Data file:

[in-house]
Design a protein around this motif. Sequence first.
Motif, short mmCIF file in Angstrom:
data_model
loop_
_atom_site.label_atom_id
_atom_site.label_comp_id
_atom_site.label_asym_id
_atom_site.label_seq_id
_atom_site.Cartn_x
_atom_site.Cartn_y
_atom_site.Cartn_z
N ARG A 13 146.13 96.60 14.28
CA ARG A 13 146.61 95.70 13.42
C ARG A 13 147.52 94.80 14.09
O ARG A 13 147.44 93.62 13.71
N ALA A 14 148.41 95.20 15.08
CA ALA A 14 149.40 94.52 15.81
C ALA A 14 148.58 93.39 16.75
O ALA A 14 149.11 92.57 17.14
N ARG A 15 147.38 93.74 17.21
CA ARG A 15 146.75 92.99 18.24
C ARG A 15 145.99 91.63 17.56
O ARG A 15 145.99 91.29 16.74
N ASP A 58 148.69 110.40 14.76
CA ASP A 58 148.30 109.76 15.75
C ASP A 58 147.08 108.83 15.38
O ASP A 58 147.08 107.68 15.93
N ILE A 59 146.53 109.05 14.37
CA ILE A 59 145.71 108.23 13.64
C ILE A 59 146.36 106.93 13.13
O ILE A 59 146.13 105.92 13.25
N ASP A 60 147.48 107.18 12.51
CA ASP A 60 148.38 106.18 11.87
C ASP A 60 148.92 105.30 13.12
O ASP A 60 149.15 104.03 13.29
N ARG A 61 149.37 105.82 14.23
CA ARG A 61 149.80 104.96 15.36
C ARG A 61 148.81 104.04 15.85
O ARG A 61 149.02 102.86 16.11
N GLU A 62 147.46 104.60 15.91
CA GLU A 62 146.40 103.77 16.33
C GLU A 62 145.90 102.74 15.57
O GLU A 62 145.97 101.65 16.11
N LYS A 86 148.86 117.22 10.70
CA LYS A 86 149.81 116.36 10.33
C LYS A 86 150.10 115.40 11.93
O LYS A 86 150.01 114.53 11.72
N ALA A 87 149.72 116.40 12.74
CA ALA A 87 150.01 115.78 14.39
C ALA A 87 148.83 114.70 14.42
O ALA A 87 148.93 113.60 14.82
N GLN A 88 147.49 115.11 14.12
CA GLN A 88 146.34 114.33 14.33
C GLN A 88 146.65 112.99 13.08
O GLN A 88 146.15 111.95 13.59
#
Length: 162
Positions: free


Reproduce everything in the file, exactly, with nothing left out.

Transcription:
[in-house]
Design a protein around this motif. Sequence first.
Motif, short mmCIF file in Angstrom:
data_model
loop_
_atom_site.label_atom_id
_atom_site.label_comp_id
_atom_site.label_asym_id
_atom_site.label_seq_id
_atom_site.Cartn_x
_atom_site.Cartn_y
_atom_site.Cartn_z
N ARG A 13 146.13 96.60 14.28
CA ARG A 13 146.61 95.70 13.42
C ARG A 13 147.52 94.80 14.09
O ARG A 13 147.44 93.62 13.71
N ALA A 14 148.41 95.20 15.08
CA ALA A 14 149.40 94.52 15.81
C ALA A 14 148.58 93.39 16.75
O ALA A 14 149.11 92.57 17.14
N ARG A 15 147.38 93.74 17.21
CA ARG A 15 146.75 92.99 18.24
C ARG A 15 145.99 91.63 17.56
O ARG A 15 145.99 91.29 16.74
N ASP A 58 148.69 110.40 14.76
CA ASP A 58 148.30 109.76 15.75
C ASP A 58 147.08 108.83 15.38
O ASP A 58 147.08 107.68 15.93
N ILE A 59 146.53 109.05 14.37
CA ILE A 59 145.71 108.23 13.64
C ILE A 59 146.36 106.93 13.13
O ILE A 59 146.13 105.92 13.25
N ASP A 60 147.48 107.18 12.51
CA ASP A 60 148.38 106.18 11.87
C ASP A 60 148.92 105.30 13.12
O ASP A 60 149.15 104.03 13.29
N ARG A 61 149.37 105.82 14.23
CA ARG A 61 149.80 104.96 15.36
C ARG A 61 148.81 104.04 15.85
O ARG A 61 149.02 102.86 16.11
N GLU A 62 147.46 104.60 15.91
CA GLU A 62 146.40 103.77 16.33
C GLU A 62 145.90 102.74 15.57
O GLU A 62 145.97 101.65 16.11
N LYS A 86 148.86 117.22 10.70
CA LYS A 86 149.81 116.36 10.33
C LYS A 86 150.10 115.40 11.93
O LYS A 86 150.01 114.53 11.72
N ALA A 87 149.72 116.40 12.74
CA ALA A 87 150.01 115.78 14.39
C ALA A 87 148.83 114.70 14.42
O ALA A 87 148.93 113.60 14.82
N GLN A 88 147.49 115.11 14.12
CA GLN A 88 146.34 114.33 14.33
C GLN A 88 146.65 112.99 13.08
O GLN A 88 146.15 111.95 13.59
#
Length: 162
Positions: free